Unconscious bias remains unchanged

By | February 7, 2017
BBC Inside Out

A BBC Inside Out investigation has found that in Britain, it is easier to get a job if you are named Adam rather than Mohamed. Inside Out London sent CVs from two candidates, "Adam" and "Mohamed", who had identical skills and experience, in response to 100 job opportunities. Adam was offered 12 interviews, while Mohamed was offered four. Although the results were based on a small sample size, they tally with the findings of previous academic studies. These have found British Muslims are less proportionately represented in managerial and professional occupations than any other religious group.

Muslim men are 76% less likely to be employed than their white Christian counterparts, according to research by the Research Centre for the Study of Ethnicity and Citizenship at the University of Bristol. The last census in 2011 showed Muslims make up just over 1 million of the capital's 8.2 million inhabitants. But more than half of Muslim households are in poverty, higher than any other social group, according to the Muslim Council of Britain.

Professor Binna Kandola, OBE, commented, "the BBC has found that when employers receive CV’s which are identical apart from the name, candidates with “British” sounding names are three times more likely to be selected than those with “Muslim” sounding names. This experiment is shocking and unsettling to say the least, as it reveals a huge bias to those candidates who we don’t believe to be “British” in the same way as their English-sounding counterparts.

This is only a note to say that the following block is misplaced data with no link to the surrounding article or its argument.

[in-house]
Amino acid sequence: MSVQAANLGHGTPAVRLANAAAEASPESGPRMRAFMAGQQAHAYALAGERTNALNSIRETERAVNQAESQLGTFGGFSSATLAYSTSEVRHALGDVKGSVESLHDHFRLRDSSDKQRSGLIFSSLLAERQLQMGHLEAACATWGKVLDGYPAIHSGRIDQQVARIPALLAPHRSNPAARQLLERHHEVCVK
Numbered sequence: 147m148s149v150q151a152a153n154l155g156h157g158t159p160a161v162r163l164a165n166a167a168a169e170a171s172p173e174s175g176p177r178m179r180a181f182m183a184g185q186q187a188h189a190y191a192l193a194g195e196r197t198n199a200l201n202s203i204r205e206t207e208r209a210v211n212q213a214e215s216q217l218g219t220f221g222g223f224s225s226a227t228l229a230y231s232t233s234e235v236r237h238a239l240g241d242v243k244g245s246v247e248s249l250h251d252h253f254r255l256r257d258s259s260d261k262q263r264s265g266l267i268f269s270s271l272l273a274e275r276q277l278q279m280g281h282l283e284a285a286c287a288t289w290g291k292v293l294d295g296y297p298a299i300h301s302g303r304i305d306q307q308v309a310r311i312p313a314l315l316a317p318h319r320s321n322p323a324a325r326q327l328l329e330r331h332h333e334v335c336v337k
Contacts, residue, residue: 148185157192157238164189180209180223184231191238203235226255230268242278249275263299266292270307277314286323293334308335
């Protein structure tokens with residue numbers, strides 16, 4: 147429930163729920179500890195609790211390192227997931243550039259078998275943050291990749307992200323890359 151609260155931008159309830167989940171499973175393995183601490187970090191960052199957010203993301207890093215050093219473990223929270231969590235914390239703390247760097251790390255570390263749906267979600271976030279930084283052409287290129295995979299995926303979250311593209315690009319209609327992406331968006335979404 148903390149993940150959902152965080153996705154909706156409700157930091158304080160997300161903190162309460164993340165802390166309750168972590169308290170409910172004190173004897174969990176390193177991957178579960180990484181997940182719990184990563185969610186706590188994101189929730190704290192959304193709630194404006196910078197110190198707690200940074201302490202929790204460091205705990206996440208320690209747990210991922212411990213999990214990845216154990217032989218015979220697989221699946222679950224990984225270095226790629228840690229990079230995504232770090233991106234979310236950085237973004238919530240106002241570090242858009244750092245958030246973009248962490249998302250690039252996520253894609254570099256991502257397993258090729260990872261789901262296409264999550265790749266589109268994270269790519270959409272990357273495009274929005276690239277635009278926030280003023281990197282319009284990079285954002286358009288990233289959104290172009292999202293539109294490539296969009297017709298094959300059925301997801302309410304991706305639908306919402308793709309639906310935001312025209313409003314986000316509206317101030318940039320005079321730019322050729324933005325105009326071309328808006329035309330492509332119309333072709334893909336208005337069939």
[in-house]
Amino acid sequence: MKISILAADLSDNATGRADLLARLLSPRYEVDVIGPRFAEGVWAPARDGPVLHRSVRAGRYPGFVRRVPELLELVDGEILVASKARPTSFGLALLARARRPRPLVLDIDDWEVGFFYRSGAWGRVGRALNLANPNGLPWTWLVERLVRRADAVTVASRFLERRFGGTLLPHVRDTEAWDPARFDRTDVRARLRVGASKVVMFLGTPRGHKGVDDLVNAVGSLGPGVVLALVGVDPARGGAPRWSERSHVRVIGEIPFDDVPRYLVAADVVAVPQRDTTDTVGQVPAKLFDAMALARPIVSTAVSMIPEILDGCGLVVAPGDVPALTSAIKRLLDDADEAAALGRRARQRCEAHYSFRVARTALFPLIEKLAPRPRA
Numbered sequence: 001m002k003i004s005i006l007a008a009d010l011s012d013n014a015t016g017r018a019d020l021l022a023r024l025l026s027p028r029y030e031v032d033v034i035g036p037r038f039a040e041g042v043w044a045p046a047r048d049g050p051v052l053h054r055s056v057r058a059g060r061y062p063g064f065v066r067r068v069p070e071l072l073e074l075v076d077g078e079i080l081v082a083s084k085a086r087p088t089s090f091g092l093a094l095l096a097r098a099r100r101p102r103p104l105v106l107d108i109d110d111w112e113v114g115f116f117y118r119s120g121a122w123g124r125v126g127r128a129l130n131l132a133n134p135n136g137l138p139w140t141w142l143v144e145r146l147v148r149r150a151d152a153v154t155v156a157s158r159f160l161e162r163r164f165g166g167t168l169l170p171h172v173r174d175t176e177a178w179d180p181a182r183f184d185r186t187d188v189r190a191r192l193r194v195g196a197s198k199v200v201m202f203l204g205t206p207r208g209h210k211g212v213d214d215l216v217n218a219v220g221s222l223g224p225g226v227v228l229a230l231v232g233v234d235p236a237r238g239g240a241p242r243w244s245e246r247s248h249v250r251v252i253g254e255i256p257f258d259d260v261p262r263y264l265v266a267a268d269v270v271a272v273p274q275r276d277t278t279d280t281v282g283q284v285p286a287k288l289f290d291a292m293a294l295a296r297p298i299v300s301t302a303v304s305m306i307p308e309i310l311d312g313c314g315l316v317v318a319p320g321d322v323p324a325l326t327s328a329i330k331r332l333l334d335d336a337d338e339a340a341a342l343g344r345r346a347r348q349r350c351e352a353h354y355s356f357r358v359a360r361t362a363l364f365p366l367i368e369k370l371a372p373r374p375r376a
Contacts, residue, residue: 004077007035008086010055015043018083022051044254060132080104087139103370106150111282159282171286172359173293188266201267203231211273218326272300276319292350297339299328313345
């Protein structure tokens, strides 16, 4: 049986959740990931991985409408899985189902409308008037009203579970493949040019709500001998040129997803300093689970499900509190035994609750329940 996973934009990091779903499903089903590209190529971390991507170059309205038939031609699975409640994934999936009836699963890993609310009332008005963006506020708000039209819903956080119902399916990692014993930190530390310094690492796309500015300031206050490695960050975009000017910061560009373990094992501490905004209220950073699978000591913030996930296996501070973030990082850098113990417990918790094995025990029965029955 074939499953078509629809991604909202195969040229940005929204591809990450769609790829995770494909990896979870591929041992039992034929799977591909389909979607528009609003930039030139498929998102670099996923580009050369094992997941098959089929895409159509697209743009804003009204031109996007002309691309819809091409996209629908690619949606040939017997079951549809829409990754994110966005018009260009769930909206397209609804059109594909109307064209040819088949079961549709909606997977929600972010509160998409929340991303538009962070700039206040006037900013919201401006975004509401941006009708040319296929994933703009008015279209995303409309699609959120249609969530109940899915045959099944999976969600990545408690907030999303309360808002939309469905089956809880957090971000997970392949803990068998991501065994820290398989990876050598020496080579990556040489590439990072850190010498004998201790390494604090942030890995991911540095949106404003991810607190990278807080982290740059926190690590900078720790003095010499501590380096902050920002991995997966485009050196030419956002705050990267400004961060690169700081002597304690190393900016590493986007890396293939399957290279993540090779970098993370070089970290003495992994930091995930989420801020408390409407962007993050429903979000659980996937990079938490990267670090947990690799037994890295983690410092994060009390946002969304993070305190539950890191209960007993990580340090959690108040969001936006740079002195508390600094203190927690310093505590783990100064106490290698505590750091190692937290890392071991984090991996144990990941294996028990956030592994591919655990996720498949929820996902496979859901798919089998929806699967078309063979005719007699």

What is truly horrifying is that this survey was first carried out 13 years ago, in 2004. This means that the BBC survey becomes depressing in two ways. Firstly, because this discrimination is so prevalent in a country which prides itself on being a “fair play” one. Secondly, because the situation appears to not have changed: it has remained the same for over a decade.

We need to start addressing unconscious bias in the workplace, especially the recruitment process. When employers are not held accountable for their decisions, or when there is little or no transparency around hiring processes, the likelihood of discrimination increases. We must work towards delivering hiring practices which protect people from these inherent biases – as they are often based on factors which lie far out of the candidate’s control”.

Click here for further information about the BBC Inside Out programme